Yet there was always a sense of the unflappable within her, a trait which has revealed itself through the resourcefulness and the out-of-the-box thinking which have made her a success in the sports world.
“Her elementary cross-country career was the perfect example of that,” Bruce Langford recalls. “The first time she entered a race, there were 480 kids and Dani finished in the bottom 10. Her mom (Leslie) and I looked at each other and went ‘Yikes.’
“But the first thing she said to us afterwards was ‘I’ve got a good goal. I am just going to count the number of kids I pass in every race.’ The first it was 35, the next it was 40. While everyone else jockeyed in a big group at the front, she would go to the back and just chase people. By the time she was in seventh grade, she was the fifth-fastest kid in the district.”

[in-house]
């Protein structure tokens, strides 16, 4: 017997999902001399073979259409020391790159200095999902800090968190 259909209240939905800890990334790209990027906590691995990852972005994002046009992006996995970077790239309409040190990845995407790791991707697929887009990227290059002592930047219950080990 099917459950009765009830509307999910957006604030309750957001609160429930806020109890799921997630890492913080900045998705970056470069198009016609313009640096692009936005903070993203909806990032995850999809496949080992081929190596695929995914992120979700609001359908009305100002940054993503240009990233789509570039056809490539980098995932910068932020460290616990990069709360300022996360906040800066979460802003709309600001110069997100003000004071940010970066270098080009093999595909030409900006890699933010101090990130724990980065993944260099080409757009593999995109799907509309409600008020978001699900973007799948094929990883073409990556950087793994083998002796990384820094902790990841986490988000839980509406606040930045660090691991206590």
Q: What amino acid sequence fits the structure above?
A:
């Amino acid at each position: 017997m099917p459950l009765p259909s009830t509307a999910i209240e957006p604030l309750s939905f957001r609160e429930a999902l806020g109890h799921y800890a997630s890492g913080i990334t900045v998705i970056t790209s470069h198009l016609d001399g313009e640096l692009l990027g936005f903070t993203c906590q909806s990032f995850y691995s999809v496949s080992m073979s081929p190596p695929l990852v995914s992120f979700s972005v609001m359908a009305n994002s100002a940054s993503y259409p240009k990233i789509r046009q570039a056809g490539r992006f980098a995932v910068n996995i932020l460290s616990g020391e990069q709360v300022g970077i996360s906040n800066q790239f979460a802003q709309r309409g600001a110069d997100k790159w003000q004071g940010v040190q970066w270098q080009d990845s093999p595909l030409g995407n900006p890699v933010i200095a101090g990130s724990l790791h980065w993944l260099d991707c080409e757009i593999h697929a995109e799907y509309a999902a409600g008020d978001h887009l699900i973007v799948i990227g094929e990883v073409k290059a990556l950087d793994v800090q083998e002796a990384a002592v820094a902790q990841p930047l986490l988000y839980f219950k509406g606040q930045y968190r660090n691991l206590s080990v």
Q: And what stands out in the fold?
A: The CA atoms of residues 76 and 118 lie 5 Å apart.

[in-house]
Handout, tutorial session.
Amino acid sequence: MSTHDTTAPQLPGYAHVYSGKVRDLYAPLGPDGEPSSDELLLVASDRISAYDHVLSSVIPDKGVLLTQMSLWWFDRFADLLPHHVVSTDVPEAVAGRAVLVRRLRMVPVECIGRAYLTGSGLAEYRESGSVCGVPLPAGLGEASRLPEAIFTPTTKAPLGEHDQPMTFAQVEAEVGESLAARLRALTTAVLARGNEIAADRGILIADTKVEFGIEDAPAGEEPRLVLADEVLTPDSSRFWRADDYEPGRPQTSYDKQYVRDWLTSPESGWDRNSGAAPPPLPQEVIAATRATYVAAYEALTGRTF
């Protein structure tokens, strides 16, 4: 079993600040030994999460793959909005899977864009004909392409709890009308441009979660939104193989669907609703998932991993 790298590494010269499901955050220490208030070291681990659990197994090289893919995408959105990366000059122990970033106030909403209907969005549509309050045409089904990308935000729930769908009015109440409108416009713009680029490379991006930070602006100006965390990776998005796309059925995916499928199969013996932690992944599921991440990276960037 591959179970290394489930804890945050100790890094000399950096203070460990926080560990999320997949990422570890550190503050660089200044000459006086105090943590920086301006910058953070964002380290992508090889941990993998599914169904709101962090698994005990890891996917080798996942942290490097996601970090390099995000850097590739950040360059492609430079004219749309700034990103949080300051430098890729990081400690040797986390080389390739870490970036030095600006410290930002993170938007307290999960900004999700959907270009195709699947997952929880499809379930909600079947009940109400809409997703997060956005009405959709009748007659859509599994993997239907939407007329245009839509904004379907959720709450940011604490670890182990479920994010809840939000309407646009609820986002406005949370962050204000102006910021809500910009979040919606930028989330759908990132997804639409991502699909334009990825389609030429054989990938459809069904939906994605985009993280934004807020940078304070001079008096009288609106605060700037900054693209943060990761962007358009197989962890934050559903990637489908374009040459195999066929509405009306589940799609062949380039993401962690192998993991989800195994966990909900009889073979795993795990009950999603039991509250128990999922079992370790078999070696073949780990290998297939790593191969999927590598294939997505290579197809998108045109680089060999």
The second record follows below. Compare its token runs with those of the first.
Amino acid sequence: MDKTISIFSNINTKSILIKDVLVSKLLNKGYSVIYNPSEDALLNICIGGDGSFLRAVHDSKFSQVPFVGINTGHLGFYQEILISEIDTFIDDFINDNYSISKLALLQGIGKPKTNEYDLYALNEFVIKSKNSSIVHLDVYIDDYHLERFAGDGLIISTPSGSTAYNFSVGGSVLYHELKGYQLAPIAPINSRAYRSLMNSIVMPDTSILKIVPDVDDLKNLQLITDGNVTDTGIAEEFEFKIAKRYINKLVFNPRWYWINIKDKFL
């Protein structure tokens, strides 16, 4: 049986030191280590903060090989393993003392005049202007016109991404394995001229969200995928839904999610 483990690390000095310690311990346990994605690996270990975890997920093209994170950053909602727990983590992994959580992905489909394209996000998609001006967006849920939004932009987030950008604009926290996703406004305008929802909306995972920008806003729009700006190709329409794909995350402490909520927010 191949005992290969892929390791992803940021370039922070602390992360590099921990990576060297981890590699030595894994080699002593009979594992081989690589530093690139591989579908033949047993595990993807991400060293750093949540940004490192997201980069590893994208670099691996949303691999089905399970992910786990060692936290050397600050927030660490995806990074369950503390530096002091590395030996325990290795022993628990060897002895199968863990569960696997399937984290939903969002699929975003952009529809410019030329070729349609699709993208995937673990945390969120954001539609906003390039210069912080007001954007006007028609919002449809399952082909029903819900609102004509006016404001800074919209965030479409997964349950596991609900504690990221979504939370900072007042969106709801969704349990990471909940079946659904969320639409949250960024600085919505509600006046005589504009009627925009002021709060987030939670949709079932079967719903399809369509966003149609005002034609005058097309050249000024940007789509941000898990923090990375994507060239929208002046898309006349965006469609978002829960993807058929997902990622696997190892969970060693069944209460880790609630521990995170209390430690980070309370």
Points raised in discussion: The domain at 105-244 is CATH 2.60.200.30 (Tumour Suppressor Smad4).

Just what she might think of her childhood running form now, when viewed through the prism of her more expert eyes, is not known.
Yet like we said off the top, describing the intricacies of the human body in motion is a language unto itself.
And for the little girl who could never stop asking ‘Why?’, there comes a time when, in your own unique way, you develop an acute ability to figuratively hear the answers to those questions.
You become a sort of a whisperer.
“My approach to how I teach athletes is I want them to be body-aware,” says Langford. “I want them to take responsibility for their bodies. I will give them check points. And I will talk to them about how your body talks to you.”